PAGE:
Python Language Common Pitfalls List multiplication and common references


Consider the case of creating a nested list structure by multiplying:

li = [[]] * 3
# Out: [[], [], []]

At first glance we would think we have a list of containing 3 different nested lists. Let's try to append 1 to the first one:

# Out: [[1], [1], [1]]

1 got appended to all of the lists in li.

The reason is that [[]] * 3 doesn't create a list of 3 different lists. Rather, it creates a list holding 3 references to the same list object. As such, when we append to li[0] the change is visible in all sub-elements of li. This is equivalent of:

li = []
element = [[]]
li = element + element + element
# Out: [[], [], []]
# Out: [[1], [1], [1]]

This can be further corroborated if we print the memory addresses of the contained list by using id:

li = [[]] * 3
print([id(inner_list) for inner_list in li])
# Out: [6830760, 6830760, 6830760]

The solution is to create the inner lists with a loop:

li = [[] for _ in range(3)]

Instead of creating a single list and then making 3 references to it, we now create 3 different distinct lists. This, again, can be verified by using the id function:

print([id(inner_list) for inner_list in li])
# Out: [6331048, 6331528, 6331488]

You can also do this. It causes a new empty list to be created in each append call.

>>> li = []
>>> li.append([])
>>> li.append([])
>>> li.append([])
>>> for k in li: print(id(k))

Don't use index to loop over a sequence.


for i in range(len(tab)):


for elem in tab:

for will automate most iteration operations for you.

Use enumerate if you really need both the index and the element.

for i, elem in enumerate(tab):
     print((i, elem))

Be careful when using "==" to check against True or False

if (var == True):
    # this will execute if var is True or 1, 1.0, 1L

if (var != True):
    # this will execute if var is neither True nor 1

if (var == False):
    # this will execute if var is False or 0 (or 0.0, 0L, 0j)

if (var == None):
    # only execute if var is None

if var:
    # execute if var is a non-empty string/list/dictionary/tuple, non-0, etc

if not var:
    # execute if var is "", {}, [], (), 0, None, etc.

if var is True:
    # only execute if var is boolean True, not 1

if var is False:
    # only execute if var is boolean False, not 0

if var is None:
    # same as var == None

Do not check if you can, just do it and handle the error

Pythonistas usually say "It's easier to ask for forgiveness than permission".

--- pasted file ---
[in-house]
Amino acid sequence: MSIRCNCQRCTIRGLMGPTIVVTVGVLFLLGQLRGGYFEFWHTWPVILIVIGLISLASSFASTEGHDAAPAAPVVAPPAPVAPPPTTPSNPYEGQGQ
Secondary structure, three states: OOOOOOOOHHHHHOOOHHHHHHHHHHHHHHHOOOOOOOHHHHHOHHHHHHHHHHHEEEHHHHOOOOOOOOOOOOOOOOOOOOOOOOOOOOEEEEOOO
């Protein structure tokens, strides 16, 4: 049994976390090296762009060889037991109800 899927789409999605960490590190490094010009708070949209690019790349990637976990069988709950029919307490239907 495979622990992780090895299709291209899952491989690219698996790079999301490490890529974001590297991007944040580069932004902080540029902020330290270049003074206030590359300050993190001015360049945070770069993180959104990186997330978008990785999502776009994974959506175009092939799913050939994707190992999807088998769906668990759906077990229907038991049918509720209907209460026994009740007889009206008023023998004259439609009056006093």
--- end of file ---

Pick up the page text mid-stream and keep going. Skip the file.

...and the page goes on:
if os.path.isfile(file_path):
    file = open(file_path)
    # do something


    file = open(file_path)
except OSError as e:
    # do something

Or even better with Python 2.6+:

with open(file_path) as file:

It is much better because it is much more generic. You can apply try/except to almost anything. You don't need to care about what to do to prevent it, just care about the error you are risking.

Do not check against type

Python is dynamically typed, therefore checking for type makes you lose flexibility. Instead, use duck typing by checking behavior. If you expect a string in a function, then use str() to convert any object to a string. If you expect a list, use list() to convert any iterable to a list.


def foo(name):
    if isinstance(name, str):

def bar(listing):
    if isinstance(listing, list):
        listing.extend((1, 2, 3))
        return ", ".join(listing)


def foo(name) :

def bar(listing) :
    l = list(listing)
    l.extend((1, 2, 3))
    return ", ".join(l)

Using the last way, foo will accept any object. bar will accept strings, tuples, sets, lists and much more. Cheap DRY.

Don't mix spaces and tabs

Use object as first parent

This is tricky, but it will bite you as your program grows. There are old and new classes in Python 2.x. The old ones are, well, old. They lack some features, and can have awkward behavior with inheritance. To be usable, any of your class must be of the "new style". To do so, make it inherit from object.


class Father:

class Child(Father):


class Father(object):

class Child(Father):

In Python 3.x all classes are new style so you don't need to do that.

Don't initialize class attributes outside the init method

People coming from other languages find it tempting because that is what you do in Java or PHP. You write the class name, then list your attributes and give them a default value. It seems to work in Python, however, this doesn't work the way you think. Doing that will setup class attributes (static attributes), then when you will try to get the object attribute, it will gives you its value unless it's empty. In that case it will return the class attributes. It implies two big hazards:

  • If the class attribute is changed, then the initial value is changed.

  • If you set a mutable object as a default value, you'll get the same object shared across instances.

Don't (unless you want static):

class Car(object):
    color = "red"
    wheels = [Wheel(), Wheel(), Wheel(), Wheel()]

Do :

class Car(object):
    def __init__(self):
        self.color = "red"
        self.wheels = [Wheel(), Wheel(), Wheel(), Wheel()]